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Brain-Gut Connection to Depression

From the Show: Wellness for Life
Summary: Can probiotics improve depression and anxiety?
Air Date: 7/28/17
Duration: 25:25
Host: Susanne Bennett, DC
Guest Bio: Premek Bercik, MD
Dr. Premek BercikDr. Premek Bercik graduated with an MD from Charles University, Prague, Czechoslovakia. He obtained a fellowship from the Swiss National Foundation to work with Professors Pavel Kucera and Andre Blum at the University of Lausanne, Switzerland, where he studied myogenic and neural control of gastrointestinal motility as a theme of his doctoral thesis.

After clinical residency training in Charles University and the Central Military hospital in Prague, he worked as postdoctoral research and clinical fellow at McMaster University with Professor Stephen Collins, focusing on animal models of functional gastrointestinal diseases and the role of low grade inflammation on gut function.

Currently, he is Associate Professor in the Department of Medicine, Division of Gastroenterology, and director of Clinical Motility Laboratory and Celiac Clinic at McMaster University. His basic and clinical research, funded by CIHR and NIH, investigates the role of intestinal bacteria in gut-brain axis signaling, and its pathogenic importance in functional gastrointestinal diseases and gluten-related disorders.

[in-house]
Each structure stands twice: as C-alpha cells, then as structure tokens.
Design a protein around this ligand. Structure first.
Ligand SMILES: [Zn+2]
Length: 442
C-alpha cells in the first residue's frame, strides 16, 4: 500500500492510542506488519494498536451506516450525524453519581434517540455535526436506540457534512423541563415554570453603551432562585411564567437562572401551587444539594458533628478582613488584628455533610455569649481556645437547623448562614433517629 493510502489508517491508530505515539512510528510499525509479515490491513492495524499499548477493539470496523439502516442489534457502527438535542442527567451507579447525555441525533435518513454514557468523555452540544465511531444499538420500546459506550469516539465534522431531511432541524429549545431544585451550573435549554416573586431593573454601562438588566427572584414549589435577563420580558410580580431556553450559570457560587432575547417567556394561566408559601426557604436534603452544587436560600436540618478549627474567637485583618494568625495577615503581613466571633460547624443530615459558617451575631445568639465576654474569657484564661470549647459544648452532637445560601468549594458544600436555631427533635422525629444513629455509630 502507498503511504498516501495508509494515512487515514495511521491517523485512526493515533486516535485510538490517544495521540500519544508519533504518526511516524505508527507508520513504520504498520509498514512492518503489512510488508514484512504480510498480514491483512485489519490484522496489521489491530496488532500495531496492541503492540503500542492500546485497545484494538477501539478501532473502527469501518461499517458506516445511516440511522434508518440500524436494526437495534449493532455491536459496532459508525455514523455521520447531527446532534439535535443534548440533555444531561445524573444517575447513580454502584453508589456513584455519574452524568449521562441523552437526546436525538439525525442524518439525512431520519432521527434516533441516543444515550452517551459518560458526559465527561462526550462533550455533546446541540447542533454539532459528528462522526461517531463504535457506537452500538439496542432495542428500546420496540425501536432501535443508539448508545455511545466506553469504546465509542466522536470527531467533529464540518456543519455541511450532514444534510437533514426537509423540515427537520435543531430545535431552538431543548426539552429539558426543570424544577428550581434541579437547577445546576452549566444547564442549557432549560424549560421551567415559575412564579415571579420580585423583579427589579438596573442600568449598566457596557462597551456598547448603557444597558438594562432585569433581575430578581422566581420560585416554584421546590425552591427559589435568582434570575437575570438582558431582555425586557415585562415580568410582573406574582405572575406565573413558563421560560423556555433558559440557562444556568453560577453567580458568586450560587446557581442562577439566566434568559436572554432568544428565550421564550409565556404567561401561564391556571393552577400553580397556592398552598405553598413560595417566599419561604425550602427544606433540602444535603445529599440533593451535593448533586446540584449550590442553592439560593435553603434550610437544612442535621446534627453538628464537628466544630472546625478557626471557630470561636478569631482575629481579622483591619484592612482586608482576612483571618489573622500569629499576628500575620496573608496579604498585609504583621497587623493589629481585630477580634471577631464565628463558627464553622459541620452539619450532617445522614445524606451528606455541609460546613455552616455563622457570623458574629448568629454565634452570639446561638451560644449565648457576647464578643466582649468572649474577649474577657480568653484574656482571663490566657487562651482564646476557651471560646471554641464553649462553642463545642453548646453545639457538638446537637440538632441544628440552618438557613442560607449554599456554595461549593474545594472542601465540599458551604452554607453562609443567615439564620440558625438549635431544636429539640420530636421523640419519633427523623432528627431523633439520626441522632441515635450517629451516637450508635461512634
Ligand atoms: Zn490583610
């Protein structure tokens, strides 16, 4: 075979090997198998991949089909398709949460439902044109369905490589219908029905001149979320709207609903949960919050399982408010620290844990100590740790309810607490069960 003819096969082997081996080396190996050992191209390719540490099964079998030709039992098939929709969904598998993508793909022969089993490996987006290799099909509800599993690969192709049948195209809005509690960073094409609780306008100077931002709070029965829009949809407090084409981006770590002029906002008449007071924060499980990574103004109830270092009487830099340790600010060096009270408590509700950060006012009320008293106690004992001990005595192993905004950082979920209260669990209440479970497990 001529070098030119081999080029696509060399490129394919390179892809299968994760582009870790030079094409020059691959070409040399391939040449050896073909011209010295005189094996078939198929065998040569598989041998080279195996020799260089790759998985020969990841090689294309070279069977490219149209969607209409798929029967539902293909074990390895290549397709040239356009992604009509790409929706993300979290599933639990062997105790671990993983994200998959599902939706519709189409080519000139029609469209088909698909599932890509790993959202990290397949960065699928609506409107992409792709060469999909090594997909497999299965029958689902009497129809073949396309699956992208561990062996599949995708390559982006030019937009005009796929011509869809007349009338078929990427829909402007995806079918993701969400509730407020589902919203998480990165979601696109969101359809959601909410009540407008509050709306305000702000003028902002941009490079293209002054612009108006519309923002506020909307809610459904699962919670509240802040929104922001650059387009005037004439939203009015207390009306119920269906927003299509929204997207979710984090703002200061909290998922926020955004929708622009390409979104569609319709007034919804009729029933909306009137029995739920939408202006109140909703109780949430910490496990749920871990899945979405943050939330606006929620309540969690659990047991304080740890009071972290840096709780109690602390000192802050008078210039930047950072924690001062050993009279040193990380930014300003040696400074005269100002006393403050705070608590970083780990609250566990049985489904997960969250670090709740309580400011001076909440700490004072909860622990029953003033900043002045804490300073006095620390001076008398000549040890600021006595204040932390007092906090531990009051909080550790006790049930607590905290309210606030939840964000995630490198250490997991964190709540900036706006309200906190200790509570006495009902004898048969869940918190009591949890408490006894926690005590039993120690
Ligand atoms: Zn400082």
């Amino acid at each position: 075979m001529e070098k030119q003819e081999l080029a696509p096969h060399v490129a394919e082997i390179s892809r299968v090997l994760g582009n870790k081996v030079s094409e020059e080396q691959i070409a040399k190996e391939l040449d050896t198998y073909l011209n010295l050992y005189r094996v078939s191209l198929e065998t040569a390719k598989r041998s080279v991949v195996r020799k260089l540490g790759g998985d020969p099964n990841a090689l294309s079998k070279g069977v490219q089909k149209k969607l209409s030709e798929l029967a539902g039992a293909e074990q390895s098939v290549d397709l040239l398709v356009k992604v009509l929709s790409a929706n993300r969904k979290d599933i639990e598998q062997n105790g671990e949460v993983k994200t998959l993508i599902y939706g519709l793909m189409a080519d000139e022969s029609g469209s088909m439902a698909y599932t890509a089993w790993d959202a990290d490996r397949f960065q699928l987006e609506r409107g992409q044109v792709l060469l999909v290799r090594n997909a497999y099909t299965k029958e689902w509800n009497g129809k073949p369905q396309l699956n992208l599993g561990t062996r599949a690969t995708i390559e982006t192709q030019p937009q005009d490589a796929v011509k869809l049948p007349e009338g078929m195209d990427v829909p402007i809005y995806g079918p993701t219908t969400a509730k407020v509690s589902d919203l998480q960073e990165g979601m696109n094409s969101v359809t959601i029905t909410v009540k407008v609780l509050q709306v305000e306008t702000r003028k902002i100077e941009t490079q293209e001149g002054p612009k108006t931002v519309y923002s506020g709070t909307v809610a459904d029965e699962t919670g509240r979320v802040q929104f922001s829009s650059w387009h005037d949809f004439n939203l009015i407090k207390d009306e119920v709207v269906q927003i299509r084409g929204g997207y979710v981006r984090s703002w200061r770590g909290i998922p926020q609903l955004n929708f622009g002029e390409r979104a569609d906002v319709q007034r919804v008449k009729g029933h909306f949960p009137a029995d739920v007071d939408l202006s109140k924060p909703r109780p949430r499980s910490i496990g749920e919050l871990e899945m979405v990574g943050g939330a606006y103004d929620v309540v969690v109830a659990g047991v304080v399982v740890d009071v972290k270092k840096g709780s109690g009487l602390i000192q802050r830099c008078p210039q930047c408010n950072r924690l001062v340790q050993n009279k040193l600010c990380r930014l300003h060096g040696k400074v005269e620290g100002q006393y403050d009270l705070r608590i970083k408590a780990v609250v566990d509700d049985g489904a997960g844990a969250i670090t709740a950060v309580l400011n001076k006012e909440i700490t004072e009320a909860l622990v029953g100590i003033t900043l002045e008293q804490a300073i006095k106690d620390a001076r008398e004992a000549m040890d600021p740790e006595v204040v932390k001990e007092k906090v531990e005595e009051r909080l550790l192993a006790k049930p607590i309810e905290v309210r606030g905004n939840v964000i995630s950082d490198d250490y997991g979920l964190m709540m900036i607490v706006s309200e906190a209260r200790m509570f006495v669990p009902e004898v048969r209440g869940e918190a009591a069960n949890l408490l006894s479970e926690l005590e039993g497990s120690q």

He has published over 80 peer-reviewed papers, with current h-index of 39.
Brain-Gut Connection to Depression
Psychobiotics are live organisms that can produce health benefits in patients suffering from psychiatric illness.

A recent pre-clinical study of the probiotics used on mice at McMaster University proved beneficial to some abnormal behavior. It also showed changes to chemistry in the brain. 

The study was then extended to individuals with irritable bowel disease (IBS) and co-morbid anxiety or depression. Forty patients were divided into two groups, half treated with placebos and half treated with a probiotic. Two-thirds of probiotic-treated patients showed improvement in the anxiety or depression scores. Activity in the mood regulating areas of the brain decreased.

Unfortunately, the bacterial strain tested is not yet available for human consumption. More testing is needed.

Listen as Dr. Premek Bercik joins Dr. Susanne Bennett to share the results of the study.
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